I was two verses into the song when the copcar pulled up. I didn’t even need to ask him what the problem was.
Is Europe turning into a big police state? Not states, but state! As you know, I had been stopped a few times in Paris also.
But Spain was worse. Not once had I been allowed to play, so far.
I felt disappointed as I packed up. A middle aged man approached me from the beach, on the other side of the wall and said: ‘that is terrible that they stop you. Why? it sounds very nice.’ I thanked him for the compliment and said I didn’t know why they wouldn’t allow me to play. I guess it’s the rules, I said. ‘Es terrible,’ he said, almost to himself, and went back to his fun on the beach. yep indeed it was terrible and I realized then it was indeed probably the same deal everywhere in Spain. Nothing for it now but to enjoy a day or two here before turning around direction Barcelona.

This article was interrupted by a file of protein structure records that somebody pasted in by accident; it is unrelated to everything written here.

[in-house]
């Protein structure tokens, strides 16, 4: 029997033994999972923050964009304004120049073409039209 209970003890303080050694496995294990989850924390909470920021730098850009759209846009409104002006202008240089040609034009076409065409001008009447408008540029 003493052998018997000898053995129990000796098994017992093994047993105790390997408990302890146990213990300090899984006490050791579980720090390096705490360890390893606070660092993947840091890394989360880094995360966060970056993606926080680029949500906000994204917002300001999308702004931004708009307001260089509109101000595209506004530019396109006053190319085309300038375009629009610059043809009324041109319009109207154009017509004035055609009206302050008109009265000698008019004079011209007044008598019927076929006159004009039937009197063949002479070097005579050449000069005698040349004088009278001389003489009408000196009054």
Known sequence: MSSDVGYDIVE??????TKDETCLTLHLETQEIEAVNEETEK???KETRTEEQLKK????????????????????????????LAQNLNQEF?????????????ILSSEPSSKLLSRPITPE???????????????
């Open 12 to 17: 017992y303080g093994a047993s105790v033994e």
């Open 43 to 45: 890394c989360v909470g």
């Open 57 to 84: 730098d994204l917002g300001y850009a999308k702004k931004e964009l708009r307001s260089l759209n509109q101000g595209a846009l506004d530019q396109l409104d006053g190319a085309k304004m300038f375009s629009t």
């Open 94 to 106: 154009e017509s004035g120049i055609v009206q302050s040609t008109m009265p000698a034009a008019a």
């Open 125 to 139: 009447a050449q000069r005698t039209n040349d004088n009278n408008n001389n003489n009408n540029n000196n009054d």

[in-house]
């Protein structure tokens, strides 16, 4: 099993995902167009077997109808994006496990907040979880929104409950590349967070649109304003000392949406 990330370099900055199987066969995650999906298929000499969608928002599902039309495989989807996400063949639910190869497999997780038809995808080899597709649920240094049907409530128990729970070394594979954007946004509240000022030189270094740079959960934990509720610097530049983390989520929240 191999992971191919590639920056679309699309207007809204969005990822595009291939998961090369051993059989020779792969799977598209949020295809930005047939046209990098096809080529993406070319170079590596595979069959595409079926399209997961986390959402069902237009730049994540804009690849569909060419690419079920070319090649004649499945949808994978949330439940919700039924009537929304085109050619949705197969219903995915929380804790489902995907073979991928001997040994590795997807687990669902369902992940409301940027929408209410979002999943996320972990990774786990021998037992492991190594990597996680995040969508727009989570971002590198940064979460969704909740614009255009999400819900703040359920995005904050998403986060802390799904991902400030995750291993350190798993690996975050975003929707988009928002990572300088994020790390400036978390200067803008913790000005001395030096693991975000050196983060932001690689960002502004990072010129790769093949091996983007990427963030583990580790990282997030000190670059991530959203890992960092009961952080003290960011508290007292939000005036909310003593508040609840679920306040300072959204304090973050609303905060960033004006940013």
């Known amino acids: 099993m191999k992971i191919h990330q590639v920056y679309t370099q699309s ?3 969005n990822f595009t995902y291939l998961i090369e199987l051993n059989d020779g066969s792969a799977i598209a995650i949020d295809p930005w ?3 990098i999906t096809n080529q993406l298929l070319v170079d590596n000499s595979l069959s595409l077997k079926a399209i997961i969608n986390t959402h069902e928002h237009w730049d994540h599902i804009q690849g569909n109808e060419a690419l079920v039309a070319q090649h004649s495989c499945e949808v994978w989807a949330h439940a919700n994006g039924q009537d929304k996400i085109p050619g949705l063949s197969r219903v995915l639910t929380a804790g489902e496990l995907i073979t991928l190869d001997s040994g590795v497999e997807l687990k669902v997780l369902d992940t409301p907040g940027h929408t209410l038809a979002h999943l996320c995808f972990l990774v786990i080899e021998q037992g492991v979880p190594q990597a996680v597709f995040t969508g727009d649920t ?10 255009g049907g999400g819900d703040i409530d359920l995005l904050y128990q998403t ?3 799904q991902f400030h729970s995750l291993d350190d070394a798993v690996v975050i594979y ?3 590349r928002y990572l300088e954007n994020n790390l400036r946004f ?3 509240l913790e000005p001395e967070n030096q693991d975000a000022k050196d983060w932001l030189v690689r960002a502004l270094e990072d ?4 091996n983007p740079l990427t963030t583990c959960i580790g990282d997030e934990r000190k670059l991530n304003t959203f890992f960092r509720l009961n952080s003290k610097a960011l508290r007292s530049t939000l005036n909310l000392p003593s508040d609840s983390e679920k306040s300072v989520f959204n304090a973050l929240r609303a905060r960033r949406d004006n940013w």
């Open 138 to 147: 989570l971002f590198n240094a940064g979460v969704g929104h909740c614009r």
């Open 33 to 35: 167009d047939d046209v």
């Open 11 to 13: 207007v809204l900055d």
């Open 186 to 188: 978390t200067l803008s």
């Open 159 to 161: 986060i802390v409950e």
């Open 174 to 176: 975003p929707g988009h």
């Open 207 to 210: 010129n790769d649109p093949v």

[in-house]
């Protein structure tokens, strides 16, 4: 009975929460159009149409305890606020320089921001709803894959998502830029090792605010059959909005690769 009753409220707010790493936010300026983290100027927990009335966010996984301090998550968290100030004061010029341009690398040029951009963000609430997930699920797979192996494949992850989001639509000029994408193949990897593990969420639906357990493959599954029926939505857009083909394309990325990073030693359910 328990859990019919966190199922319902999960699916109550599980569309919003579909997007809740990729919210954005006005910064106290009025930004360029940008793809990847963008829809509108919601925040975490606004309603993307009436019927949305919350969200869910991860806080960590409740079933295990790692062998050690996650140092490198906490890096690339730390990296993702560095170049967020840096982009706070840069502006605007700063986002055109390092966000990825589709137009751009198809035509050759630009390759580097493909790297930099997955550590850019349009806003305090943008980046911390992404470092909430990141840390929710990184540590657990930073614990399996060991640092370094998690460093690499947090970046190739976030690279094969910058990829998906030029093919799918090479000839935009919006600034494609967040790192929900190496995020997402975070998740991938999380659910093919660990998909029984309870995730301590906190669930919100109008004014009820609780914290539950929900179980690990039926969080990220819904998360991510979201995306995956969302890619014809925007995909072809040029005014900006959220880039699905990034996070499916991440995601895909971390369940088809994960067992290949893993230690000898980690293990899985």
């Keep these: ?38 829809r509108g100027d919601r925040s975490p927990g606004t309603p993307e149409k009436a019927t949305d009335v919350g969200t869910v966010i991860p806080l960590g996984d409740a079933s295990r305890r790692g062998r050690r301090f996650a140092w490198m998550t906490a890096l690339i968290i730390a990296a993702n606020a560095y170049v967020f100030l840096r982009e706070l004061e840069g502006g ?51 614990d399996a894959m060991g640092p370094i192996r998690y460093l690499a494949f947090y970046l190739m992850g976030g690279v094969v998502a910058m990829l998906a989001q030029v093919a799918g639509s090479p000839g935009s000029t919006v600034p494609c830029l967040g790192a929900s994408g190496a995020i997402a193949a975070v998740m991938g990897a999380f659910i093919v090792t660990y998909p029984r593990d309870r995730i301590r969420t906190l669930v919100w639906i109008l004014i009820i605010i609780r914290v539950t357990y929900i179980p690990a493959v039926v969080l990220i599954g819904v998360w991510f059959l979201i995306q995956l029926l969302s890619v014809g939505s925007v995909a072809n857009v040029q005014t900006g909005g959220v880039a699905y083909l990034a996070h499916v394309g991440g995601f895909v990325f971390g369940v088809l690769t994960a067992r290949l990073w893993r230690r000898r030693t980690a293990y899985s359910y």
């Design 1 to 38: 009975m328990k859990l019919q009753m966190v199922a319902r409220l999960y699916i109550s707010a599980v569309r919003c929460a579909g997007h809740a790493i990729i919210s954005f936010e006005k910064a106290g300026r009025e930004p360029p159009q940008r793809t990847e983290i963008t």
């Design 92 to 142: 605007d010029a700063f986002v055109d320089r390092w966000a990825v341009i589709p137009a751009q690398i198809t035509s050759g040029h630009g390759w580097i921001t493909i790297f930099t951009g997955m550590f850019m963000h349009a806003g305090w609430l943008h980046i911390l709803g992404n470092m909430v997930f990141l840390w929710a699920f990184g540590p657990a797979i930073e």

I took a walk through the town, as the evening fell. It was Sunday and all the bars and restaurants were getting ready for their night’s trade. Plenty of tourists were lolling around, most of them English. I saw a man holding up a sign advertising an Irish pub called ‘Dooleys’, so I decided to ask him did he think the pub might be interested in having me play. Maybe, he said. How much? I told him how much and he said, ”ere, come with me. let’s go and talk to my partner.’ He was English and as it transpired the pub was English owned and English run. Not a Paddy about the place. Except for me, now. They decided to give it a shot and asked me to start at ten. Delighted, just to be able to play again, I hurried the half mile back to my hotel room and changed into some evening wear: a pair of jeans and fresh t-shirt. That is to say, the t-shirt that was least smelly. I ran back and got there just at ten. A beer was waiting in the corner for me. Very nice chaps indeed, I said, to have a beer waiting like that. And it was more than you’d get in an Irish run pub!